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For rapid establishment of asparagus crowns you do indeed want to start weed free, once that first year of establishment is past, you can simply  let it go, you won't get the maximum number of spears though and you will probably need some disease control at some point.

Wild growing asparagus is different than planting crowns, just like transplanting tomatoes or any other vegetable, and with asparagus you are planting ferns.
Two feet deep will end up about right (some beds are up to 5 feet deep for locating the crowns) just be sure to start your crowns at the very bottom so you can add soil to cover as you go along.
Do remember that with cultivars you don't harvest any spears the first year or two (two years will give a serious jump start when you do start harvesting the third year you can harvest more than 1/3.

I've seen asparagus grow for over 40 years once it is established, with no care at all.
My personal goal is to give it a good start then just watch it and do care taking when it seems to be needed.
The main reason, other than getting a good start on your asparagus cultivars, for keeping weeds out is for maximum nutrient availability to the crowns and later on ease of harvest of spears.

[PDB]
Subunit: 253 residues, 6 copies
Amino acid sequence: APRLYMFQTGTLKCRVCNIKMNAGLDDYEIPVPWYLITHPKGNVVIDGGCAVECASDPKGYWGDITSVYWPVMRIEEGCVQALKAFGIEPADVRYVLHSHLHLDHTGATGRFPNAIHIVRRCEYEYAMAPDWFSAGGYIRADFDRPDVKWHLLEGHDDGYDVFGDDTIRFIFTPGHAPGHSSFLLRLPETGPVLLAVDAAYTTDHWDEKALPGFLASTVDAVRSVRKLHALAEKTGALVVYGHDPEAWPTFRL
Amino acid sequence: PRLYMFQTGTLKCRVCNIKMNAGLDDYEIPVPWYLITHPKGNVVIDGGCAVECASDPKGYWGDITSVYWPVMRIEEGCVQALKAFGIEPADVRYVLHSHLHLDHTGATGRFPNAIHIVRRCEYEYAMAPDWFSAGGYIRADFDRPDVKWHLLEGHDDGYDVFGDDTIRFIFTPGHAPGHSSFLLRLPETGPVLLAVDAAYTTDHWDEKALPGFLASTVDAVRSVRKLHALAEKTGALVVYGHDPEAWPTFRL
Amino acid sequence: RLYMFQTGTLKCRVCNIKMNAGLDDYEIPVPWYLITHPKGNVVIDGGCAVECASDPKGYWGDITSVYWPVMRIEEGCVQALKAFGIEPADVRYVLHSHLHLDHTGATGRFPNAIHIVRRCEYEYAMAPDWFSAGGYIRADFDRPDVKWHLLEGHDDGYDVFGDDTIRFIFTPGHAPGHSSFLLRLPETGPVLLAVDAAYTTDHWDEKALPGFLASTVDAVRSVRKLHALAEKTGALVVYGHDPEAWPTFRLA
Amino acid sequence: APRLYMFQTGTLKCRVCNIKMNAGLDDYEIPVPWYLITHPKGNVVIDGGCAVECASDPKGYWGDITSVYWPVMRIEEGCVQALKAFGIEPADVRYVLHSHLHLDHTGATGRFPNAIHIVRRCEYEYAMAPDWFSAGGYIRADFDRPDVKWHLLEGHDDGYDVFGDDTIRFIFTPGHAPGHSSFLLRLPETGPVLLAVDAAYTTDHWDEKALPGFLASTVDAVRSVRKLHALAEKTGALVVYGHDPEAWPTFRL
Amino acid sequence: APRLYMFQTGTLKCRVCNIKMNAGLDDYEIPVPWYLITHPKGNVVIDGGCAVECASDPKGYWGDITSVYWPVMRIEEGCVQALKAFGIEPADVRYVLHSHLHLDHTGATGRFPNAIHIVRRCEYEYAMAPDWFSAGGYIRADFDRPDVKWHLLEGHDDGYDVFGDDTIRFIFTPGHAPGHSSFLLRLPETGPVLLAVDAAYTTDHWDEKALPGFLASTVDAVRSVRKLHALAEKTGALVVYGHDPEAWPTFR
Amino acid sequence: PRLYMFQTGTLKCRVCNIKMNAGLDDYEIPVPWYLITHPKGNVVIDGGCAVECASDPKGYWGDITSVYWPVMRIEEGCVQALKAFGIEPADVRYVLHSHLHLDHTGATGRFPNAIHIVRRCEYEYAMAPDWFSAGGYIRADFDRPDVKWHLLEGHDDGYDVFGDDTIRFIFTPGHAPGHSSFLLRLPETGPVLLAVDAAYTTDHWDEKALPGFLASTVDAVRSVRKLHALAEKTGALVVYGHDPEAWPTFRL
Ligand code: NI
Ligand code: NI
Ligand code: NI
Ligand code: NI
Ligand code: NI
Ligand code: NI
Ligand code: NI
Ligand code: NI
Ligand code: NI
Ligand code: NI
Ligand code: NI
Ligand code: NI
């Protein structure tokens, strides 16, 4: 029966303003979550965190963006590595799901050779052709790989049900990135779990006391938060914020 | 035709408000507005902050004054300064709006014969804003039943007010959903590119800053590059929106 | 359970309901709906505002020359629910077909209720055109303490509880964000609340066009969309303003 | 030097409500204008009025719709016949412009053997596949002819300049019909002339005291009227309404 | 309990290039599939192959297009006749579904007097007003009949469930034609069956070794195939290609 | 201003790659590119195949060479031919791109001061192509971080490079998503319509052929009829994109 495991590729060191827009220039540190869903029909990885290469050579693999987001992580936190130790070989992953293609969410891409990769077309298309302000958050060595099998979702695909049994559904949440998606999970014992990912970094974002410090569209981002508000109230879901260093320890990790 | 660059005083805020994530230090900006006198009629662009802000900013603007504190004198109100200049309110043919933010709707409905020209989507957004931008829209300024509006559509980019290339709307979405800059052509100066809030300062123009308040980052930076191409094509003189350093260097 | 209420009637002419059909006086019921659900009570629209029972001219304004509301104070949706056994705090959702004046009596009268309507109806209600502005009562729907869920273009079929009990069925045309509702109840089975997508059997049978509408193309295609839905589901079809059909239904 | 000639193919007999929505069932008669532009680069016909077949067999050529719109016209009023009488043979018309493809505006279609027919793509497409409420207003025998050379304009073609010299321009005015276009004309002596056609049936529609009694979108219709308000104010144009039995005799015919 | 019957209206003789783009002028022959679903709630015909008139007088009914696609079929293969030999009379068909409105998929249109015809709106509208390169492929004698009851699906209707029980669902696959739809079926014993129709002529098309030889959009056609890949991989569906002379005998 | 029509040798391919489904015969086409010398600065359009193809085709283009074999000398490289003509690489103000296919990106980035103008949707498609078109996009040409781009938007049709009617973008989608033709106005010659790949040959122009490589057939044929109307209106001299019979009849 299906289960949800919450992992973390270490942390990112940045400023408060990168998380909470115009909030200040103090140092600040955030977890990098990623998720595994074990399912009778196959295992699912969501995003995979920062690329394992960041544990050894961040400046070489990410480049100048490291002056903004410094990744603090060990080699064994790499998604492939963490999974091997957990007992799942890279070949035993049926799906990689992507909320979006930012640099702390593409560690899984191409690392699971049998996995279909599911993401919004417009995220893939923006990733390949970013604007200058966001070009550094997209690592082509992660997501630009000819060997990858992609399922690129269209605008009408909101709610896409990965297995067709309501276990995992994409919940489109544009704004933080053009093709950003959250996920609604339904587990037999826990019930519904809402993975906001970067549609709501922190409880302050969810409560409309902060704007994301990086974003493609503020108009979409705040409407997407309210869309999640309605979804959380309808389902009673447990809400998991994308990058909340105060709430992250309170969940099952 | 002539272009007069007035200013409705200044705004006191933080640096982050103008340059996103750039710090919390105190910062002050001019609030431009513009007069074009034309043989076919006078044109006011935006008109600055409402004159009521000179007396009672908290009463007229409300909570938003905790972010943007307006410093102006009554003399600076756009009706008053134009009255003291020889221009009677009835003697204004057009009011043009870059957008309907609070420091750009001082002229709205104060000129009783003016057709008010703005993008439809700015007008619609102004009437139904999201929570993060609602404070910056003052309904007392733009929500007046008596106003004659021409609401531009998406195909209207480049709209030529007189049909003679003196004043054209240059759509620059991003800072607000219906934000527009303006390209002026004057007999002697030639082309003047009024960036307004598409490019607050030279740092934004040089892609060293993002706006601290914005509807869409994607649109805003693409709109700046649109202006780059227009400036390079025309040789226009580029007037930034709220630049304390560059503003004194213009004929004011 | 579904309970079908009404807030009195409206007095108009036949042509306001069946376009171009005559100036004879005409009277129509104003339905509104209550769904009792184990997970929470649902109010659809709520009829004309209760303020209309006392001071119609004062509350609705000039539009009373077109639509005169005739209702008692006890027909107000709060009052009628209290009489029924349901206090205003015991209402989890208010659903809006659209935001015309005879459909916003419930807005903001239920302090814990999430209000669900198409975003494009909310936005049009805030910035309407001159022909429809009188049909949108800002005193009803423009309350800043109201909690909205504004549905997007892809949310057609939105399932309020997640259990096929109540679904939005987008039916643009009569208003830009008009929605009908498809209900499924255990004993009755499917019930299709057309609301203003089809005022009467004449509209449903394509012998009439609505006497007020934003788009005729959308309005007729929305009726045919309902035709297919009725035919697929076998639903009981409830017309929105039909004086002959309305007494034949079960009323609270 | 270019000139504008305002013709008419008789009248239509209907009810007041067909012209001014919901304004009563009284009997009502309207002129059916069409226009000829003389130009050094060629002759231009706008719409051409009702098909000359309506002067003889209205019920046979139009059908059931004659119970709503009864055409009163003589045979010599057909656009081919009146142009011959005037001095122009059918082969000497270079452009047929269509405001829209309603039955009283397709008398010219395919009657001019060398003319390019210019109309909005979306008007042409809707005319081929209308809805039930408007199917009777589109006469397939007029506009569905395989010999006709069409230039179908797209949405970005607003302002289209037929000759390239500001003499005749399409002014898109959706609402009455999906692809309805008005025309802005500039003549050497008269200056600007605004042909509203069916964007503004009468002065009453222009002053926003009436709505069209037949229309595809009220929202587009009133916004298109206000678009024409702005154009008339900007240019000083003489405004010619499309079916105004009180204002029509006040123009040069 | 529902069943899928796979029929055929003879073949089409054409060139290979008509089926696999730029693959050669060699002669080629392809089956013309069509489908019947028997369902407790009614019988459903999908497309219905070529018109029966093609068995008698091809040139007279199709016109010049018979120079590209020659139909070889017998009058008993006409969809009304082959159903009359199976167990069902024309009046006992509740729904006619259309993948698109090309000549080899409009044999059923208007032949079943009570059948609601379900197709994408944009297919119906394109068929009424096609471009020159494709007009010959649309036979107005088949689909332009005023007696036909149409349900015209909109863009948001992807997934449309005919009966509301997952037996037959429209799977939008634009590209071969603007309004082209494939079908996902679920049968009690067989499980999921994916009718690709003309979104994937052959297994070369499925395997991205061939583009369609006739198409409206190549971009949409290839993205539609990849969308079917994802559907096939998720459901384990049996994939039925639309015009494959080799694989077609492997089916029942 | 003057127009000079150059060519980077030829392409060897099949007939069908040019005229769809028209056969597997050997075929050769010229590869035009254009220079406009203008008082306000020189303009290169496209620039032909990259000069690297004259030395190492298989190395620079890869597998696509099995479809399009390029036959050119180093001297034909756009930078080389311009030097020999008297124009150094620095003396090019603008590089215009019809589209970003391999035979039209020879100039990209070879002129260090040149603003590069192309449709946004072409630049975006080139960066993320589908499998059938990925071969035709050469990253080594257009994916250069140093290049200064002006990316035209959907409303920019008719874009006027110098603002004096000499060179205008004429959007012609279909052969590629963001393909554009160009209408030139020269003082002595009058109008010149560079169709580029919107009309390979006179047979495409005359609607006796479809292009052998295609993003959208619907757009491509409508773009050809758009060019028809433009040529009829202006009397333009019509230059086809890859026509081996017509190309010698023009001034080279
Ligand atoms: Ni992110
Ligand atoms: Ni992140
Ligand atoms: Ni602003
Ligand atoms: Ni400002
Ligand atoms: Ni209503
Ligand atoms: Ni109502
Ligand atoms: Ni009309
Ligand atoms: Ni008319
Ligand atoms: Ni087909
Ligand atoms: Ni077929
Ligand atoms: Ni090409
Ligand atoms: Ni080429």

The question of weeds is more personal preference, I don't mind weeds or grass showing up and if it seems to be a problem, I just gently pull out the offending plants, being careful to not disturb the crop.

If you are going to do the planting in the spring, I would probably get as much of the bed ready for spring then just do a turning of the top layer as a green manure when I'm in there planting crowns.
The turning at time of planting is the easy way to do this planting of asparagus crowns.
 
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I know at the home place when I was get up there a patch that was never weeded  and it produced ok, I bet it would have been better if we took care of it.  I have two plants along the fence that I found this year as I cleared out brush, maybe after clearing it out I can get more!
 
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Hannah,

I say good job on going with the raised bed idea, and cinder blocks are a great edge as they will last forever.